“Fertility clinics are free to set their costs like any other private healthcare provider,” it says. “Unfortunately, this means that the same treatment can be two or even three times more expensive, depending on which clinic the patient chooses.

“We strongly encourage patients to shop around and consider a variety of factors when making their final decision.”

For those wishing to compare and contrast, the HFEA has its own database of UK clinics.

However, it is usually not practical for someone to choose a clinic in another part of the country.

Kayleigh Hartigan, founder and chief executive of Fertility Mapper, says: “Patients suddenly become consumers when they start IVF and it can be very difficult for people without medical training to know what they are buying.”

“Those undergoing IVF are becoming experts in their own right, and we believe their reviews, combined with clinic costs, are a way to increase transparency in this market so people are more informed and in control of their fertility journey can take over.”


“It can be a great success, but it can also be heartbreak and an empty wallet.”

With relief, joy and gratitude, Monique Kelly-Kamperdijk, 40, gave birth to her daughter Sophie-Alexandra in 2017 after three failed rounds of IVF.

The cost of the private treatment was around £16,000, which has left the London-based lawyer frustrated given her joy at having a child. “We are very happy and grateful for our daughter; it is the best money we have ever spent. Looking back, I was a bit gullible,” she says.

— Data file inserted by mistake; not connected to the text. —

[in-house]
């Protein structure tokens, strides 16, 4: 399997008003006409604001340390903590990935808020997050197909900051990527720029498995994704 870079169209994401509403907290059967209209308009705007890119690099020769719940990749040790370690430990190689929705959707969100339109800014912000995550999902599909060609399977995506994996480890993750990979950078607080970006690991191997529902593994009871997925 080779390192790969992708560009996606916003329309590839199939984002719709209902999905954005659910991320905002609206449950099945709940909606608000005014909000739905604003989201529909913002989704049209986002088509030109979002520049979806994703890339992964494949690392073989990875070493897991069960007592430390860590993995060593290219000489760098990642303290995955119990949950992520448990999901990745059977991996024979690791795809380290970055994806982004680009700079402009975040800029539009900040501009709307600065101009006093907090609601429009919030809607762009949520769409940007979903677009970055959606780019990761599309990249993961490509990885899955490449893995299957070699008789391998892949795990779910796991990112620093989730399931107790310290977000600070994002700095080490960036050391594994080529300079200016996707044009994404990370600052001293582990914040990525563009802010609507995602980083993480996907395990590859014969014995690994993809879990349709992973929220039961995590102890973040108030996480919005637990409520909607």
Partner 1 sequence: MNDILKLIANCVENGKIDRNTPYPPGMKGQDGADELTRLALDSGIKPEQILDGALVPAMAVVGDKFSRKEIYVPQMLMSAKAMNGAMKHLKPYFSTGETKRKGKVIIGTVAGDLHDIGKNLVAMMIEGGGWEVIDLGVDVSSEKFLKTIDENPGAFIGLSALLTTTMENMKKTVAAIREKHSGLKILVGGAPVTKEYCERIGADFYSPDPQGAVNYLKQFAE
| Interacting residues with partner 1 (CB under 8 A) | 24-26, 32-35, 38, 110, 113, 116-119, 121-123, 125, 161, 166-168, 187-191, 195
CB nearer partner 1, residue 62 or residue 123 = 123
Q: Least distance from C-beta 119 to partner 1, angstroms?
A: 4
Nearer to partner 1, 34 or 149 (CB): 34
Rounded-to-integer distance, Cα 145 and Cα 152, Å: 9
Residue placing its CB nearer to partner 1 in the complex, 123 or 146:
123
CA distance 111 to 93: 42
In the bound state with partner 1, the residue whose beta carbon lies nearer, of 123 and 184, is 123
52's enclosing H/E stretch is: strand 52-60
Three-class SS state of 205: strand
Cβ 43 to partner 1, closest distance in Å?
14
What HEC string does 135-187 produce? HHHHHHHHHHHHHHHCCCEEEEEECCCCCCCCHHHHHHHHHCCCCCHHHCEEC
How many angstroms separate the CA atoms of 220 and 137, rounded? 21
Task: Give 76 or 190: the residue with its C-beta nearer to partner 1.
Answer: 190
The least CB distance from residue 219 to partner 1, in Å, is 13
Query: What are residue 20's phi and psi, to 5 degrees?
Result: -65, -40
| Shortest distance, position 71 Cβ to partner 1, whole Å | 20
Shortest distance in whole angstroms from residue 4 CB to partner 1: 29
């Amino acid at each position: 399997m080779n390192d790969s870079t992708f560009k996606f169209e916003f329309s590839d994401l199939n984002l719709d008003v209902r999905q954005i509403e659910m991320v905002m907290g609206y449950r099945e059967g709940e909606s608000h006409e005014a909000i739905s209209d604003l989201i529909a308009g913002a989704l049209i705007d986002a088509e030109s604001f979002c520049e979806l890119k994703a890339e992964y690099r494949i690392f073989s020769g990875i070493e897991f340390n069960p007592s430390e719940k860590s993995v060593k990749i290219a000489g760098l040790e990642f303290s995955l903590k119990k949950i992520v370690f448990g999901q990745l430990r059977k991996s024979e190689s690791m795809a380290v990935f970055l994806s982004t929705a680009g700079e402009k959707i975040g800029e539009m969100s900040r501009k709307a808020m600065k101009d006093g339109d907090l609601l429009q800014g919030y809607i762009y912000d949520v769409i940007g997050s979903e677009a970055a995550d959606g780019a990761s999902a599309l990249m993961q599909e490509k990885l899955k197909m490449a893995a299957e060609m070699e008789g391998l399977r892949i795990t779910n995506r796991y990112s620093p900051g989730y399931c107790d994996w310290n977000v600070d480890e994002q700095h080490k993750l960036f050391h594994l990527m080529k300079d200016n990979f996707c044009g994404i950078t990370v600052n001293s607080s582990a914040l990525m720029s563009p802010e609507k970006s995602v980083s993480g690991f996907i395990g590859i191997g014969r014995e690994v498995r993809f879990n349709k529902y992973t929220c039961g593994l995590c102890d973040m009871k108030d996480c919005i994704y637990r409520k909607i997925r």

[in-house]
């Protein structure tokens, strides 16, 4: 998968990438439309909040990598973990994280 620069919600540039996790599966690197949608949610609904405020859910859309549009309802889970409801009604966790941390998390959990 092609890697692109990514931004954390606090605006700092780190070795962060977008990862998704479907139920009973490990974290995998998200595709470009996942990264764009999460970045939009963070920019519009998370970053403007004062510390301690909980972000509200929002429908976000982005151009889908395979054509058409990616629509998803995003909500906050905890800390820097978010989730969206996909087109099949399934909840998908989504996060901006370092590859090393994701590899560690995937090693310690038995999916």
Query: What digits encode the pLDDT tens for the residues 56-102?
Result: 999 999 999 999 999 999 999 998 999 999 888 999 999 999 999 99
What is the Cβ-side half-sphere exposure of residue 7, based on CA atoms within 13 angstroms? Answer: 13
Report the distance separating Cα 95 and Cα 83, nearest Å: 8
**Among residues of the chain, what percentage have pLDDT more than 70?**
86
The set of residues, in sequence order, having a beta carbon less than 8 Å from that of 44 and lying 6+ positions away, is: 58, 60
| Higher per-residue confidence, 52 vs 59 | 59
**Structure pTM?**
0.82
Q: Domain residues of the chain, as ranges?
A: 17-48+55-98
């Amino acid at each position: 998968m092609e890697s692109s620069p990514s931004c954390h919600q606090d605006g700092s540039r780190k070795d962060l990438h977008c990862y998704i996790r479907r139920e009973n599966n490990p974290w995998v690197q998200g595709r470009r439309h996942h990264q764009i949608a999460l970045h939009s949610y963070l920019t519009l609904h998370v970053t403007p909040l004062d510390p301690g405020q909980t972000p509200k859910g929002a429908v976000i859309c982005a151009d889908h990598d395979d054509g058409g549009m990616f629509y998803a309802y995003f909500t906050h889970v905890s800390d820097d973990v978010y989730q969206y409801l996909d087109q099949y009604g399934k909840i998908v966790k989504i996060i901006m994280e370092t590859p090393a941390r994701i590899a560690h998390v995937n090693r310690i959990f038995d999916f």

Monique and her husband Alan had been trying to have a child since 2013. After tests revealed they were unlikely to conceive naturally, they began IVF treatment on the NHS.

At that time, they qualified for three free rounds, each with a waiting list of about nine months. However, not wanting to wait, they also contacted a private clinic in London, started a course and ended up doing two private visits and one on the NHS.

A fourth round, conducted privately, was successful.

Monique says without a medical background, it’s hard to know which add-ons are actually necessary and which ones will work. “At the time I just wanted to have a baby. “I would have paid to increase the odds, but there are some things that I look back on now and wonder if they actually made a significant difference,” she says.

While she understands that private clinics operate like businesses to make money, she believes patients should be informed from the outset about the additional services and any unproven treatments they may then pay for, as these costs quickly escalate can shoot.

“With IVF it can be a great success, but also heartbreak and an empty wallet. People are so desperate that they overpay. At some point it seemed to me that it was all about money. Nevertheless, we are very satisfied with the result,” says Monique.

“Not all clinics are there to take advantage of patients, but I think they could be more transparent and sensitive about costs because at some point it became a bit of an assembly line exercise.”